My son is an inquisitive little boy. We’ve had so many discussions about how people used to have to grow their own food, how grocery stores came into existence, how you used to have wait for your photos to be developed, and how when I was little there was no such thing as an iPhone. Recently we got on the topic of laundry and how folks many, many years ago used to take their clothes to a local stream, beat them against rocks, dip them in the water a few times, and hand wring them to remove the excess water. You should have seen the look on his face. The questions started flying.
I found this article, and we sat down and read it together. I showed him photos of washhouses and of a wringer washer similar to what my grandmother used. As we talked, I ran across something I’d heard of but never used or even knew how to use – bluing. We’ve talked before about how whites tend to yellow over time. We shared suggestions on how you might combat that yellowing. One option we didn’t discuss is ‘bluing’, an old-fashioned product that was once an essential item in all laundry rooms. How does it work? Well, remember that white is not a color. White fabrics are bleached during manufacture and then treated with optical brightness. Those treatments create the illusion of whiteness by enhancing the fabric’s absorption of light, but with repeated uses of white linens or fabrics, dirt and stains damage the color. In the past, to offset the yellowing, bluing was added during the wash to increase the optical brightness, making the fabric look whiter and brighter.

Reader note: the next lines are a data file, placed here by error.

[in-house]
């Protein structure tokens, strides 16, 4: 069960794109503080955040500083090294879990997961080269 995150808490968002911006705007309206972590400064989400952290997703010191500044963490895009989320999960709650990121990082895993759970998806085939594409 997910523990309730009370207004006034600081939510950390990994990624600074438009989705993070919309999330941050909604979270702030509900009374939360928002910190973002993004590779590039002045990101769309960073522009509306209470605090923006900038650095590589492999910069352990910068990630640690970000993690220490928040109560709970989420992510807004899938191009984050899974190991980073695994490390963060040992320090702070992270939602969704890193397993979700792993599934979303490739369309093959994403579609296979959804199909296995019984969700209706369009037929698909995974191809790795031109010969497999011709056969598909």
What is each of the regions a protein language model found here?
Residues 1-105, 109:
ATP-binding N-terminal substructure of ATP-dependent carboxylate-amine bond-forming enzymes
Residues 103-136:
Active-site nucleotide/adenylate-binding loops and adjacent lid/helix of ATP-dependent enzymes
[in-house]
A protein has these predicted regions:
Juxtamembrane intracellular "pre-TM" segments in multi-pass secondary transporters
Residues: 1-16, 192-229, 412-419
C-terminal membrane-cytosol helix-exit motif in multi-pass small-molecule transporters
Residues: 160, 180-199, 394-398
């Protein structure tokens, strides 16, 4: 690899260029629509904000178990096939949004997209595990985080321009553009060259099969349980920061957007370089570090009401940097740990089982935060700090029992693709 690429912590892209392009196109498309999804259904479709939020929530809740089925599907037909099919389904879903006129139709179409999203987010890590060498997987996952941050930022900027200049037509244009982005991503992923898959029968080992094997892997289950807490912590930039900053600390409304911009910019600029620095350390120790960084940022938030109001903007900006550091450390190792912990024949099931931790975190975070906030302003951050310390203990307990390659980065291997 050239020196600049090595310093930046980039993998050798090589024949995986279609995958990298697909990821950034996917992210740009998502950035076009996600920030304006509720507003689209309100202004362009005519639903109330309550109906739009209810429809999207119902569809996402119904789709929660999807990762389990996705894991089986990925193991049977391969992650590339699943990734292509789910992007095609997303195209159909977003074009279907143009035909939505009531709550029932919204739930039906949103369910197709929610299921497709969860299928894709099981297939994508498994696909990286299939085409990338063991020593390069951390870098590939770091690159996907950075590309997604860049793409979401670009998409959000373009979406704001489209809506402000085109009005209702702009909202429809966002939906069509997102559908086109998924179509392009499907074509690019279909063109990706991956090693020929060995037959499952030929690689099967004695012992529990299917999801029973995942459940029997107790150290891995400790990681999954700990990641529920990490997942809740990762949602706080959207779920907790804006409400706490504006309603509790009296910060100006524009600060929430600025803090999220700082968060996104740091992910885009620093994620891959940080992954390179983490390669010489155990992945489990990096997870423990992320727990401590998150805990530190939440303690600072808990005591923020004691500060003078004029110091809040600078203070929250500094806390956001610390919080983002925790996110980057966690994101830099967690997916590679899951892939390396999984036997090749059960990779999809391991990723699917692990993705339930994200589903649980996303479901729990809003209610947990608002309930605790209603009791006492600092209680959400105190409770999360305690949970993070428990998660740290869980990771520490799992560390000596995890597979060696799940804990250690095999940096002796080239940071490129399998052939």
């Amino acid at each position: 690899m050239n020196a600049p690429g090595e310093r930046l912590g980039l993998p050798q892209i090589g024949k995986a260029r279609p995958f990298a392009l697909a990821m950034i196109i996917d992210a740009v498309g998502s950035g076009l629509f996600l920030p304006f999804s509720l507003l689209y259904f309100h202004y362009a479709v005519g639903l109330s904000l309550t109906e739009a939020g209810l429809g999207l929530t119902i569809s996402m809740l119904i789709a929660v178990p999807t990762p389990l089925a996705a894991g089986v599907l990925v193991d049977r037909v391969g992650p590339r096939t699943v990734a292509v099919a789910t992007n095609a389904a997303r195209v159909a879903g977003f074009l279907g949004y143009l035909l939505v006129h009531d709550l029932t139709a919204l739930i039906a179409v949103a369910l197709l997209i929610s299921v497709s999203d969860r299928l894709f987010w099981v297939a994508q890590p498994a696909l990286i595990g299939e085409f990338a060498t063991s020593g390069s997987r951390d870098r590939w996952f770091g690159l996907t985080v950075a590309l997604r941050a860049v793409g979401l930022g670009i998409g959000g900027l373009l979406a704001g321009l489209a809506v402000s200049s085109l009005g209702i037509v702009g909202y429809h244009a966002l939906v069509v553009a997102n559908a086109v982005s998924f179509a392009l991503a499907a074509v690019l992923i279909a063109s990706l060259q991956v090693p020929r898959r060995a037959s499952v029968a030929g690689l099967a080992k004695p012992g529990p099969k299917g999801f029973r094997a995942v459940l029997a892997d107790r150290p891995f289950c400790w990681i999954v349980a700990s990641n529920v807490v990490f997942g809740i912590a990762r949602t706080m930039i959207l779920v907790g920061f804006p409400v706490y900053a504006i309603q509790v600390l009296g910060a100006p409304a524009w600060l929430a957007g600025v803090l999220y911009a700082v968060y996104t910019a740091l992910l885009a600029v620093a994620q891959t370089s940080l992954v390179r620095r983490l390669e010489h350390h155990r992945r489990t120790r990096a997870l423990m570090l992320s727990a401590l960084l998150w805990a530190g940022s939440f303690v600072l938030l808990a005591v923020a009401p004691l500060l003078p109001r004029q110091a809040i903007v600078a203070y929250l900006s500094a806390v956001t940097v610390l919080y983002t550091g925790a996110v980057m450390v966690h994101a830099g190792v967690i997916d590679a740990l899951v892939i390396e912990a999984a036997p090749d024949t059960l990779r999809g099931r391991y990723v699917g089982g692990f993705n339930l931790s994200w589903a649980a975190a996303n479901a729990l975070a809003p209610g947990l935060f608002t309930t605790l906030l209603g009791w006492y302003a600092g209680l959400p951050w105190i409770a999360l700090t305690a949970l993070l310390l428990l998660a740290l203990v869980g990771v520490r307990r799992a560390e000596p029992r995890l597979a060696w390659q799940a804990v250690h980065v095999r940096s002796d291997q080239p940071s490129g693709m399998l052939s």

Bluing has been around a long time. According to oldandinteresting.com, before modern laundry detergent, launderers would stir a little blue bag into the final rinse water on washday. From the mid-19th century on, a commercial version of bluing was manufactured. While bluing can still be found today, according to Wikipedia, it was most popular until the mid-20th century in the United Kingdom and the United States but is still readily in use in India and Pakistan today. The same article also reports that bluing has been replaced by bleach for its main purpose. But in my many conversations with Mike Feudale, I know that chlorine bleach doesn’t make things whiter; in the long run it actually breaks down the optical brightener in white dye and turns things yellow or brown.
Curiosity has gotten the best of me. According to my mom, my grandma used bluing. I suspect that if we were to poll our grandparents, we’d find that they are quite familiar with the concept. I’ve purchased a bottle of Mrs. Stewart’s Bluing so that I can see this old-fashioned tool in action.
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